28 GHz and 39 GHz are constantly being talked about. My impression is that the 3.4 – 3.8 GHz spectrum will be also important together with the low bands like 700 MHz in Europe and 600 MHz in the US. So, there is no clear definition as of now but we expect a good variety.
 
In parallel, there are also developments and collaboration with the verticals (other sectors). As we know see in the progress of the Rel-14, the V2X –vehicle to everything- framework serving automotive industry for the road safety applications has been introduced and the number of delegates and companies contributing to this area is growing considerably.
 
It is basically the enabler technology for passing of information from a vehicle to any machine that may be interesting for the vehicle, and vice versa. So around this, we might see some more interesting collaboration between the 3GPP and the 5G Automotive Association (5GAA – the group that defines the requirement for the V2X).
 
Regarding the fully functional and capable system meeting all the requirements, we see an emerging consensus of having 3GPP to release an early version of the 5G specification, not addressing all the capabilities but addressing more urgent market needs. For that, an earlier release in mid-2018 addressing a subset of the use cases and requirements may be considered.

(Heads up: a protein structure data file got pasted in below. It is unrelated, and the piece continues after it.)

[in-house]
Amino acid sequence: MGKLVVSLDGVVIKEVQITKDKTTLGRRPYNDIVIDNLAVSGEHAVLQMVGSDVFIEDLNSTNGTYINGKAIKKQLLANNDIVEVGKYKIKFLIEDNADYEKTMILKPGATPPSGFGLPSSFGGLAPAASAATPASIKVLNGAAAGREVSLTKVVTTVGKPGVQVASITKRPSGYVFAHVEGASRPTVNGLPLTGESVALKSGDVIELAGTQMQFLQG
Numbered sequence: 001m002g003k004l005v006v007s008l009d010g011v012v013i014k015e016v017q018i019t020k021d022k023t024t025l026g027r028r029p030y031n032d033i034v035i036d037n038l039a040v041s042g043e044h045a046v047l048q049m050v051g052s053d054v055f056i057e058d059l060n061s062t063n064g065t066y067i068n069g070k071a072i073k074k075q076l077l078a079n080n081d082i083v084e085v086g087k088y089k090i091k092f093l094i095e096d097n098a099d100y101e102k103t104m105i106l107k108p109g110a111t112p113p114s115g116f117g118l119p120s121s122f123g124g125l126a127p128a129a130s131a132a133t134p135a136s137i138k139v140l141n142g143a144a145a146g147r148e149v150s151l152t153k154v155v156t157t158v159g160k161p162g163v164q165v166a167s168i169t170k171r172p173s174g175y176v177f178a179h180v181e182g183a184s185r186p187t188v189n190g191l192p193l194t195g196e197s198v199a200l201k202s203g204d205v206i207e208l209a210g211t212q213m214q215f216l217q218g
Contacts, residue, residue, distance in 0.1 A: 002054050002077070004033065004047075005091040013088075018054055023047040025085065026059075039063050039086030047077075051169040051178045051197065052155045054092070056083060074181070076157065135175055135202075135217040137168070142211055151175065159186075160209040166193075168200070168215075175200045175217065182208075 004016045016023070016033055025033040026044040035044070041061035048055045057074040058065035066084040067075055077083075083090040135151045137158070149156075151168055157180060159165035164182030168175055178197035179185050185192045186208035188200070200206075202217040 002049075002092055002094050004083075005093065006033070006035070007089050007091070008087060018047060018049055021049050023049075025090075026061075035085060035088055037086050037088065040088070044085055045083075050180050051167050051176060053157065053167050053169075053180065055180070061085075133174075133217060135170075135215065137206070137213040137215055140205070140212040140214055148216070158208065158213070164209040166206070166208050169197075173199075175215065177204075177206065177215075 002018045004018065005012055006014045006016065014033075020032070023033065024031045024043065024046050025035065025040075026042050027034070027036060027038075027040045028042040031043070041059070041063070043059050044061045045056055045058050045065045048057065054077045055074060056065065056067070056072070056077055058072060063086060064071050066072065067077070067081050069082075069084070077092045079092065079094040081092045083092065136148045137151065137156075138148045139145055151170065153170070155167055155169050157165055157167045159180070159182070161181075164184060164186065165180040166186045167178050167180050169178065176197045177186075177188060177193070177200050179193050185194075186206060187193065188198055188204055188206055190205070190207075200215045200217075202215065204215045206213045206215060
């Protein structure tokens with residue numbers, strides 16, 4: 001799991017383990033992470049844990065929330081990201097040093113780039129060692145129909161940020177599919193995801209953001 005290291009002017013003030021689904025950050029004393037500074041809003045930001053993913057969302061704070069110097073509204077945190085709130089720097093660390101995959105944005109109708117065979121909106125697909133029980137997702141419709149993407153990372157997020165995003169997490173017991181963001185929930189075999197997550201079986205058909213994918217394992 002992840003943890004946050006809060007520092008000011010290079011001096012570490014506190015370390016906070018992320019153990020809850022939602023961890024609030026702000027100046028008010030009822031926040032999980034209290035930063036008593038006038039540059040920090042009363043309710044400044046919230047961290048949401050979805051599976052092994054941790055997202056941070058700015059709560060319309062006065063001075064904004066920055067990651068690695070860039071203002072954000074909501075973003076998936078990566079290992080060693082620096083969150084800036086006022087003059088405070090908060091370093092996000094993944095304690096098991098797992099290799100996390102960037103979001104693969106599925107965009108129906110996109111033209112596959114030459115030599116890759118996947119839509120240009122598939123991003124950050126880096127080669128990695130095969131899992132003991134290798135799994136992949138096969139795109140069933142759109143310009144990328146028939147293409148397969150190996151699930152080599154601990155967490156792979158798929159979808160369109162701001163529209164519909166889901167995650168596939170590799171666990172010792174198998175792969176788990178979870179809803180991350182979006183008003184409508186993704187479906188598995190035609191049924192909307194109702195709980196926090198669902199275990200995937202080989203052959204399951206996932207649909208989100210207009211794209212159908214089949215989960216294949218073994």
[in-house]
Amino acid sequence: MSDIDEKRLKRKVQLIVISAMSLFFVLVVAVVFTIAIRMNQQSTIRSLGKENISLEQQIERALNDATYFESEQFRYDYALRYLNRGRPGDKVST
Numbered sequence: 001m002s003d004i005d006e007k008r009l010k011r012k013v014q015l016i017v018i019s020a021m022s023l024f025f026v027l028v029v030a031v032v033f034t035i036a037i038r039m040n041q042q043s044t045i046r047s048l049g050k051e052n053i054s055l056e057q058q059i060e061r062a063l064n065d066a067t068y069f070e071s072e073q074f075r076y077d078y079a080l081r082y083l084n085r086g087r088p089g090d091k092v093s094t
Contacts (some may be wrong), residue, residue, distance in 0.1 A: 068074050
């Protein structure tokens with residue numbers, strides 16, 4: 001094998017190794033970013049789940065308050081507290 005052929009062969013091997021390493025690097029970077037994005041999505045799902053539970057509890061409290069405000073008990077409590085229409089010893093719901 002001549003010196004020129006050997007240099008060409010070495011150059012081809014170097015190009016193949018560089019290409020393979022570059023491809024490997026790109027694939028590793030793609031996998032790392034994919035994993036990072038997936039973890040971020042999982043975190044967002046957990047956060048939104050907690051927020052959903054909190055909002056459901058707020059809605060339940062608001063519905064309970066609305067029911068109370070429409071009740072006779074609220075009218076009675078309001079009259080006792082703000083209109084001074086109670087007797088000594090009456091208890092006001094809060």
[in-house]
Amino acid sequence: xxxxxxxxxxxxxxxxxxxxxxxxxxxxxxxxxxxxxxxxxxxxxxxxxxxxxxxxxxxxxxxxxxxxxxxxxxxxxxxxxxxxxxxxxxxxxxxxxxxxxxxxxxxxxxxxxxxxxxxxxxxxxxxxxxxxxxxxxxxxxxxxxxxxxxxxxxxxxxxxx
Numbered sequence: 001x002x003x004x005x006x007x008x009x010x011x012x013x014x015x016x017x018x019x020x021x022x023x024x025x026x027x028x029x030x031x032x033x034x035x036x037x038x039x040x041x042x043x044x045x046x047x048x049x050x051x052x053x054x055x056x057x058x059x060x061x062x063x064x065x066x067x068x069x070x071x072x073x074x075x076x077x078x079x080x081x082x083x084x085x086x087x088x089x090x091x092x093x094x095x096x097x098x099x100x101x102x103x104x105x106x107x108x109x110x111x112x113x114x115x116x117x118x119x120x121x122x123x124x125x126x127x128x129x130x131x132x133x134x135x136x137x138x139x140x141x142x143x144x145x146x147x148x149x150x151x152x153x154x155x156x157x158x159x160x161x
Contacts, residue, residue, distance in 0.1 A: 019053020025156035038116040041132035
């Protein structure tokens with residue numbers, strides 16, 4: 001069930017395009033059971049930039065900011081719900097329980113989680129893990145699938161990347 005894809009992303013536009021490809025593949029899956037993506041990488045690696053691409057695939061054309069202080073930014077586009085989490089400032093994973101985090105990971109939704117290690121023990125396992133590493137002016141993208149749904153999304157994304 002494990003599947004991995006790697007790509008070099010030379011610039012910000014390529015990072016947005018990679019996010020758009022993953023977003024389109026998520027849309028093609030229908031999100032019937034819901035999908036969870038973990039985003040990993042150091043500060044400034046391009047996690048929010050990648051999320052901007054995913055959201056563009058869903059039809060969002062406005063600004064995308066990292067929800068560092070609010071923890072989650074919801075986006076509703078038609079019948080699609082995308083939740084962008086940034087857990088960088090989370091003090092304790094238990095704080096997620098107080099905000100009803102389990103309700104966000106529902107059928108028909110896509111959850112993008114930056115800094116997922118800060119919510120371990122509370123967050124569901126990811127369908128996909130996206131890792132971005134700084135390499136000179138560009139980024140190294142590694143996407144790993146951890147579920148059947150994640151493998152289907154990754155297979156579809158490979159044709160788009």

So, how realistic is it that the 5G will be able to achieve fully the predicted use cases in a timely manner?

 

It is predicted that some players will be more ambitious and be pushing for early deployment as we have seen cases in the LTE case couple years ago. The risk there is that the availability of the technology might then be fragmented.

 

This is why, organisations like ETSI and 3GPP are expected to prefer sticking to a common standard and involving different sectors to ensure a more stable and sustainable 5G future.

 

There are indeed many exciting 5G business models and most of them require a certain engagement and collaboration with different sectors and regulatory bodies in the pilot projects and trials. The success of this collaboration in my opinions is going to be key in the deployment of the phenomenon like massive IoT deployments, super low latency communications and ultra broadband cases.

 

Only this way, 5G will be the “revolutionary new technology” bringing disruptive change in societies by creating a better technology experience and improved safety in our lives. Otherwise, in the case where there is the lack of a common standard and cooperation with the verticals, current predictions on “what 5G will deliver” will remain nothing but utopian.